Re: The Great Barrier Reef- resistant coral
 
Quote:

Originally Posted by Dave_S (Post 2812161)
I understand thoughts on both sides, I guess I don't know enough about it.
I hate to think that we might loose a bunch of reef and I hate to think we might stuff it up trying to fix it...

I also.

Coral reefs tend to be vulnerable to damage from warmer waters, but at least one coral species may be able to adapt to the higher ocean temperatures that may come with climate change.

Bacteria in certain microbiomes appear to help corals adapt to higher water temperatures and protect against bleaching, as shown by a KAUST-led research team.
Read more at: ➥ https://phys.org/news/2017-02-relati...teria.html#jCp

Scientists say good bacteria could be the key to keeping coral healthy, able to withstand the impacts of global warming and to secure the long-term survival of reefs worldwide.
Read more at: ➥ https://phys.org/news/2016-06-good-b...-reef.html#jCp

tp12 28-01-2019 04:31

Re: The Great Barrier Reef- resistant coral
 
On the plus side, we're getting new reef growing further south than ever before thanks to the water warming. Unfortunately, that also means irukandji jellyfish are coming further south.

https://www.abc.net.au/news/2016-12-...-coast/8153122

SailOar 09-03-2019 19:20

Re: The Great Barrier Reef- resistant coral
 
Race to save the Great Barrier Reef
Quote:

.....Coral bleaching is a natural event, and research indicates that bleaching has occurred many times during the reef’s existence. But extreme heat waves in 2016 and 2017 affected up to two thirds of the reef, and current extreme temperatures are likely to have similar consequences. However, other reefs can withstand conditions in warmer waters: the Red Sea is consistently warmer than the seas around the Great Barrier Reef, for example.......


Van Oppen’s work focuses on two techniques: assisted gene flow and assisted evolution. The first of these works by moving warmth-adapted corals to cooler parts of the reef; the northern extreme of the reef is routinely 1°C to 2°C warmer than the southern portion in summer. Corals are mobile in their larval form but, under normal conditions, larvae from the north do not travel south because the main ocean current that flows across the Pacific splits off the coast of northern Queensland, and flows are not favourable to north-south transfer. The researchers are experimenting with manually moving some of the northern corals south. If enough corals were moved, it could help heat-damaged reefs recover faster.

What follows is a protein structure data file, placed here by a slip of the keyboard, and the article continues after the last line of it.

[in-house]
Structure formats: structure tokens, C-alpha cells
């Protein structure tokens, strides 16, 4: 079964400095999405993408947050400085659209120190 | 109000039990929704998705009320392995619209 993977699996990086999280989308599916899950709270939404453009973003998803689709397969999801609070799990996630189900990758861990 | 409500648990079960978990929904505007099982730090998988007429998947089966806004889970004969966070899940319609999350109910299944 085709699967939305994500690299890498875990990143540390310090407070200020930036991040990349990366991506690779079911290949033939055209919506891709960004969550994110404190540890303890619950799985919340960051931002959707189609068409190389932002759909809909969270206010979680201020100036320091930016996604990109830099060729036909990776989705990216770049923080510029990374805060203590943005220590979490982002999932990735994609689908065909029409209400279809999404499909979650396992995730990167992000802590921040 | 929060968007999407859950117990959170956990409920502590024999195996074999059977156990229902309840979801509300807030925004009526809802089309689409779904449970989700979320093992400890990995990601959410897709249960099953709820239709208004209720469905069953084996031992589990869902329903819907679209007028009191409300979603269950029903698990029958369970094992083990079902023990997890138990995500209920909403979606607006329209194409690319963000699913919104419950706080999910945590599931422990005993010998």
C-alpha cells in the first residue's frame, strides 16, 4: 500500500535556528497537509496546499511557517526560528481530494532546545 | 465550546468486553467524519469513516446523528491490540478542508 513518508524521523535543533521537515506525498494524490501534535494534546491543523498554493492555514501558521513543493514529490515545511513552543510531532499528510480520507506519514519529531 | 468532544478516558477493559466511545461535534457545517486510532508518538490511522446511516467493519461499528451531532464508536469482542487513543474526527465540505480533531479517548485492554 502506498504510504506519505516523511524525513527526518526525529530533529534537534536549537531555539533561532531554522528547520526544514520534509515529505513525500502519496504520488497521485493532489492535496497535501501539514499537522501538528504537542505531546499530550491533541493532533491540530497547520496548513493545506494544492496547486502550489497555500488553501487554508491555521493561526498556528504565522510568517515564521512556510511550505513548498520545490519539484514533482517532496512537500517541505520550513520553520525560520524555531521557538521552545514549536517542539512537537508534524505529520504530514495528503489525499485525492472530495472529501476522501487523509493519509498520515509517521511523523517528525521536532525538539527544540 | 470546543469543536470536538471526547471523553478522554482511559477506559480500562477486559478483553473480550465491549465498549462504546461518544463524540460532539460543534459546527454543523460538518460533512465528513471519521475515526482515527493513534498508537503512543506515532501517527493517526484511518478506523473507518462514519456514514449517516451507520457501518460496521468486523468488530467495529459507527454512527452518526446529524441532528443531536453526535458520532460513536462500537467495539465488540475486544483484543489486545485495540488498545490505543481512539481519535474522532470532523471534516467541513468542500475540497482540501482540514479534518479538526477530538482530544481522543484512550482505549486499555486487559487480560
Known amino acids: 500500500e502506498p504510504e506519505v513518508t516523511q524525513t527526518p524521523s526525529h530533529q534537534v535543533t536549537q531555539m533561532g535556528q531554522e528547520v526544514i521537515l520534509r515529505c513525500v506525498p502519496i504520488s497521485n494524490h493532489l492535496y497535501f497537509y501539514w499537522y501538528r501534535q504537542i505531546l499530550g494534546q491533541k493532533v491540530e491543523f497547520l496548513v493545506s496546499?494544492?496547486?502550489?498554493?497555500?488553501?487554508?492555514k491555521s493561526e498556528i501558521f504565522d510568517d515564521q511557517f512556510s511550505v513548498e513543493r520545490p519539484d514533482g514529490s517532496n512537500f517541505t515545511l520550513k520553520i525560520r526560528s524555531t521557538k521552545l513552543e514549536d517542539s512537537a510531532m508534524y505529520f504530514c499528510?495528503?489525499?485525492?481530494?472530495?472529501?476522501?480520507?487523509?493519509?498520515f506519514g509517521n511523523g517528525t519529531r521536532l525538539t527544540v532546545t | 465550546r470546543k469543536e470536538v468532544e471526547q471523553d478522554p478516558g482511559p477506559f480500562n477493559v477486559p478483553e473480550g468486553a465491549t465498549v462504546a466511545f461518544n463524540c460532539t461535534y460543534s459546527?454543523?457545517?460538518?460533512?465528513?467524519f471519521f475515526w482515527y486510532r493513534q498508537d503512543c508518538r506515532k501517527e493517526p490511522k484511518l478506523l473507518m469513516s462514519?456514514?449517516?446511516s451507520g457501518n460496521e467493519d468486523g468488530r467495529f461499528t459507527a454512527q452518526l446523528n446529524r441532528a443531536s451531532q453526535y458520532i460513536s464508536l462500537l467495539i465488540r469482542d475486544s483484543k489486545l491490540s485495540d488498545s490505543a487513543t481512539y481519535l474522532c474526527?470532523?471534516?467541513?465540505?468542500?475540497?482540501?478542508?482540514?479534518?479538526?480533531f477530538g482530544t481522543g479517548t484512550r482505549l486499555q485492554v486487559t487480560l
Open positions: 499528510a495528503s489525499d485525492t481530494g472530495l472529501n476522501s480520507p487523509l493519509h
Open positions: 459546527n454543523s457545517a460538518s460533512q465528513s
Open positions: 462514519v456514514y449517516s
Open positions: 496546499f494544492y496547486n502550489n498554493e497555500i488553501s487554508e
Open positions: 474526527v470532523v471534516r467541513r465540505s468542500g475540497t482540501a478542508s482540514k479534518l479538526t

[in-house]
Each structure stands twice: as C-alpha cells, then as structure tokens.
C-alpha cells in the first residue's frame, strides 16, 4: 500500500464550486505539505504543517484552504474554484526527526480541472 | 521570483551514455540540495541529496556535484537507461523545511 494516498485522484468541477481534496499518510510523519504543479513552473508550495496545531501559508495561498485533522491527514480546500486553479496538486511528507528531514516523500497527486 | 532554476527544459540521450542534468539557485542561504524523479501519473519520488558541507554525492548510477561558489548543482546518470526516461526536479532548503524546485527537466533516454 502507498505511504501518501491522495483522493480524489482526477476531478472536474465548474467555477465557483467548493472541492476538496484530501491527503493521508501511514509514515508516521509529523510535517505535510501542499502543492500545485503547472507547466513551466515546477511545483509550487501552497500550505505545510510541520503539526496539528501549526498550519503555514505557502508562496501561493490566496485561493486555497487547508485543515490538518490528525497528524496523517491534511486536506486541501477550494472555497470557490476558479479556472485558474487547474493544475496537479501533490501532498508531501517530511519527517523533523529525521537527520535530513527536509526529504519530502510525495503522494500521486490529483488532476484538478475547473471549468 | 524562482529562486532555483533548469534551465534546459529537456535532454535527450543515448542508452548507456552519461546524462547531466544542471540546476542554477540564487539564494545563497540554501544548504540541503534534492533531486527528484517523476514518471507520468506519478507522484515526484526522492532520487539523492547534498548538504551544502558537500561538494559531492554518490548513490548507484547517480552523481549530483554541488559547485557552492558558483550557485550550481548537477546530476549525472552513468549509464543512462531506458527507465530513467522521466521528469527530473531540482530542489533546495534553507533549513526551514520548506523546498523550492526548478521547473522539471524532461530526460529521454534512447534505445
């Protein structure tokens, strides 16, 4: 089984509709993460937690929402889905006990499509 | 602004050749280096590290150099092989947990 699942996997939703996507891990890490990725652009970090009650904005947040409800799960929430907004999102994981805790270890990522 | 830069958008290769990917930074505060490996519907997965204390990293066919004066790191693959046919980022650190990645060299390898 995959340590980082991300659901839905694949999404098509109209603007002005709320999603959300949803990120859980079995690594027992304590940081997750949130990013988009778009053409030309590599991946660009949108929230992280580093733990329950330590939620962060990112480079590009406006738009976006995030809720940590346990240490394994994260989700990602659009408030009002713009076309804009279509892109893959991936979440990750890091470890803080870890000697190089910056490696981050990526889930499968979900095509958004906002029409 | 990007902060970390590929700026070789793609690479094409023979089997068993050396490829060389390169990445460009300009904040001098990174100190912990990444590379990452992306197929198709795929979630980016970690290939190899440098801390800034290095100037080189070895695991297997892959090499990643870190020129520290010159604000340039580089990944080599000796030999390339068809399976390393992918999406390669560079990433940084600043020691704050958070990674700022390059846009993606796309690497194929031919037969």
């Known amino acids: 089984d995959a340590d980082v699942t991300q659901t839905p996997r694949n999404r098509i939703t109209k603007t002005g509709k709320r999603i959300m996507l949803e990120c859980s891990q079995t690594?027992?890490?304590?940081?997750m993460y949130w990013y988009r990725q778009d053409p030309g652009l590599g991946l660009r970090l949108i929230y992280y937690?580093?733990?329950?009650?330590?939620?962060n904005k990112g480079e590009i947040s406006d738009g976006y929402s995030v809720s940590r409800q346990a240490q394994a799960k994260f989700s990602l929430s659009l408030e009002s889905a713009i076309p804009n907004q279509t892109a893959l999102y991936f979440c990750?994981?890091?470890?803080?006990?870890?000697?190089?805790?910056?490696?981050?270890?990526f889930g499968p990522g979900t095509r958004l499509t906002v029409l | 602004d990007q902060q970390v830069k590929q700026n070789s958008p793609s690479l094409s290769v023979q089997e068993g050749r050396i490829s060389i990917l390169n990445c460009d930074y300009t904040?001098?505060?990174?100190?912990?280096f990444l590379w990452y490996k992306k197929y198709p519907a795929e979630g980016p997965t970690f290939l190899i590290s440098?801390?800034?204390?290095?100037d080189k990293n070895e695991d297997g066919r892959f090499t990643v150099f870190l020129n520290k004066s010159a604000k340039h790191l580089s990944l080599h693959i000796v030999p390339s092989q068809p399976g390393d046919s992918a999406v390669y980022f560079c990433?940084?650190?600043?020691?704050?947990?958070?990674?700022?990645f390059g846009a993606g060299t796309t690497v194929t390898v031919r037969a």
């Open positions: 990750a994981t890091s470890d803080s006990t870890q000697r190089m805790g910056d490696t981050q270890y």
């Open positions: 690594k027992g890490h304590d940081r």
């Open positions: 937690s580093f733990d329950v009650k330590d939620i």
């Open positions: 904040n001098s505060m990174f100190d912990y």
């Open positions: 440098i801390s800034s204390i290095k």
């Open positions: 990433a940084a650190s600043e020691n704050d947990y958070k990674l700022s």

Assisted evolution is a somewhat more complex technique, which van Oppen described in a paper published in the Proceedings of the National Academy of Sciences in 2015 and in Nature Ecology and Evolution in 2017. “It’s artificial selection on steroids,” she said. Targeting both the coral host and its symbiotic zooxanthellae, it takes several different tacks to improving their resistance to stress, in this case from heat.

One way to do this is by a technique called stress conditioning. This involves exposing coral to heat levels that approach those that will cause bleaching, and to investigate, firstly, whether the coral can adapt to this and, secondly, whether it can pass those adaptations to further generations. Evidence for this exists in some plants and animals, but it is not yet known whether coral can be stress-conditioned. Van Oppen and her colleagues are looking at this technique in the National Sea Simulator (SeaSim), a marine research aquarium in Townsville, which can store more than 3.5 million litres of seawater and can carry out spawning experiments on many reef organisms simultaneously and over several generations.

Another approach is more typical to genetic engineering, involving creating hybrids by bringing together compatible eggs and sperm from different coral species. This is known to occur naturally in some types of coral, increasing genetic diversity and producing novel genetic combinations that may be useful in selective breeding. “It’s quite rare in nature, but not difficult to do under laboratory conditions,” van Oppen said. Working at SeaSim, the researchers are looking to hybridise multiple pairs of coral species during their annual spawning (a major and predictable event) and grow their young under controlled conditions to select for climate resilience, then crossbreeding strains to produce desired results exactly the same way that conventional husbandry has worked for many centuries in agriculture. Hardy specimens could then be transferred to the reef itself.

Yet another approach is one that is sometimes used in humans to give health benefits: probiotics. These are live organisms, generally bacteria, which can confer beneficial effects if they establish colonies inside their hosts. Coral contains several potential habitats where probiotic colonies could be established, including the layer of mucus that coats its surface, digestive systems and even its mineral skeletons. Van Oppen and colleagues, including Katarina Damjanovic, are trying to develop probiotics that could either help coral tolerate the heat better, or help it recover faster from bleaching events by creating a more hospitable environment for the essential zooxanthellae. “One thing that probiotics could do is mop up oxygen radicals that occur in water and are damaging to the living coral tissue,” van Oppen said. “One big advantage of this approach is that we could administer the probiotic anywhere on the reef.”.......

RaymondR 09-03-2019 23:14

Re: The Great Barrier Reef- resistant coral
 
The best thing to do is ignore the catastrophists.

In a lot of places the reefs you see rest upon old reef thousands of metres thick, they are geological eras old, and have survived.